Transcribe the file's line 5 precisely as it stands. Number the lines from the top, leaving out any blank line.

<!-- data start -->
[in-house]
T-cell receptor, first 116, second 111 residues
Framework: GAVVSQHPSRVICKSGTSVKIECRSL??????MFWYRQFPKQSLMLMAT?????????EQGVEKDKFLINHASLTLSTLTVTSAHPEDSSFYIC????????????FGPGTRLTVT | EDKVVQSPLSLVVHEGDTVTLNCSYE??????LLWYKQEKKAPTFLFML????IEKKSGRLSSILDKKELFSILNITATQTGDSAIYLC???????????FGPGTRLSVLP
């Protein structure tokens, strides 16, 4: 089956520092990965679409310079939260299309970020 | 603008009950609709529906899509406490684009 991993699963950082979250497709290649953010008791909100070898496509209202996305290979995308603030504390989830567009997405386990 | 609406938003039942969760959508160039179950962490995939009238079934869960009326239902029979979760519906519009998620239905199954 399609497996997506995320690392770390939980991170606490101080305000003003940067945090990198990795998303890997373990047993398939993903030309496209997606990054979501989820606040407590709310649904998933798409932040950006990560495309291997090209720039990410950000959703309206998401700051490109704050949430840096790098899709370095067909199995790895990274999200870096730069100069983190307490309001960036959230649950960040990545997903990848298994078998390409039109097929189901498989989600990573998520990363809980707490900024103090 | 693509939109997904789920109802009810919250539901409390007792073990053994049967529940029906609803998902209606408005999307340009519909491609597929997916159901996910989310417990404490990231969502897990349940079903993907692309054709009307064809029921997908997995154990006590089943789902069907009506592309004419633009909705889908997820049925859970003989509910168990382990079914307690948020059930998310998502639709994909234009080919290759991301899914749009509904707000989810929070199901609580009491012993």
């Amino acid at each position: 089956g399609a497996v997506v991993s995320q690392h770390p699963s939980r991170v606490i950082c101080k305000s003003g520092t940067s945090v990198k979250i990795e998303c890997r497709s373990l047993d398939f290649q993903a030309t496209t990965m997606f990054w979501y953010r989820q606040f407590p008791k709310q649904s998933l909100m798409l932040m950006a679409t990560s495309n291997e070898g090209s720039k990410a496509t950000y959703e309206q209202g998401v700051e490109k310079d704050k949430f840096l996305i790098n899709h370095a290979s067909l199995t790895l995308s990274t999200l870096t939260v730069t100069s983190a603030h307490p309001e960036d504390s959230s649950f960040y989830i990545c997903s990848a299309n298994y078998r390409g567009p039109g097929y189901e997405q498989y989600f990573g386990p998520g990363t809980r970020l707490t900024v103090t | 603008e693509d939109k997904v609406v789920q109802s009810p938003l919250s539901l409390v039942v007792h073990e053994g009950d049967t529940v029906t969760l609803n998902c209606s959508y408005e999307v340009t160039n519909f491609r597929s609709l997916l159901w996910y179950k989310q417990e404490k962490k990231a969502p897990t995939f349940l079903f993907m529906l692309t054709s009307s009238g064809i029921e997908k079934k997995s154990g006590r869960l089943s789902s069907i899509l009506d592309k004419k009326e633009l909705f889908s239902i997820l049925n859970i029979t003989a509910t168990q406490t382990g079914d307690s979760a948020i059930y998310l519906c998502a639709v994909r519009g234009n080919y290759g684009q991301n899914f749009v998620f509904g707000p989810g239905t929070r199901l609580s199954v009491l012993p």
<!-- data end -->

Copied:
């Amino acid at each position: 089956g399609a497996v997506v991993s995320q690392h770390p699963s939980r991170v606490i950082c101080k305000s003003g520092t940067s945090v990198k979250i990795e998303c890997r497709s373990l047993d398939f290649q993903a030309t496209t990965m997606f990054w979501y953010r989820q606040f407590p008791k709310q649904s998933l909100m798409l932040m950006a679409t990560s495309n291997e070898g090209s720039k990410a496509t950000y959703e309206q209202g998401v700051e490109k310079d704050k949430f840096l996305i790098n899709h370095a290979s067909l199995t790895l995308s990274t999200l870096t939260v730069t100069s983190a603030h307490p309001e960036d504390s959230s649950f960040y989830i990545c997903s990848a299309n298994y078998r390409g567009p039109g097929y189901e997405q498989y989600f990573g386990p998520g990363t809980r970020l707490t900024v103090t | 603008e693509d939109k997904v609406v789920q109802s009810p938003l919250s539901l409390v039942v007792h073990e053994g009950d049967t529940v029906t969760l609803n998902c209606s959508y408005e999307v340009t160039n519909f491609r597929s609709l997916l159901w996910y179950k989310q417990e404490k962490k990231a969502p897990t995939f349940l079903f993907m529906l692309t054709s009307s009238g064809i029921e997908k079934k997995s154990g006590r869960l089943s789902s069907i899509l009506d592309k004419k009326e633009l909705f889908s239902i997820l049925n859970i029979t003989a509910t168990q406490t382990g079914d307690s979760a948020i059930y998310l519906c998502a639709v994909r519009g234009n080919y290759g684009q991301n899914f749009v998620f509904g707000p989810g239905t929070r199901l609580s199954v009491l012993p």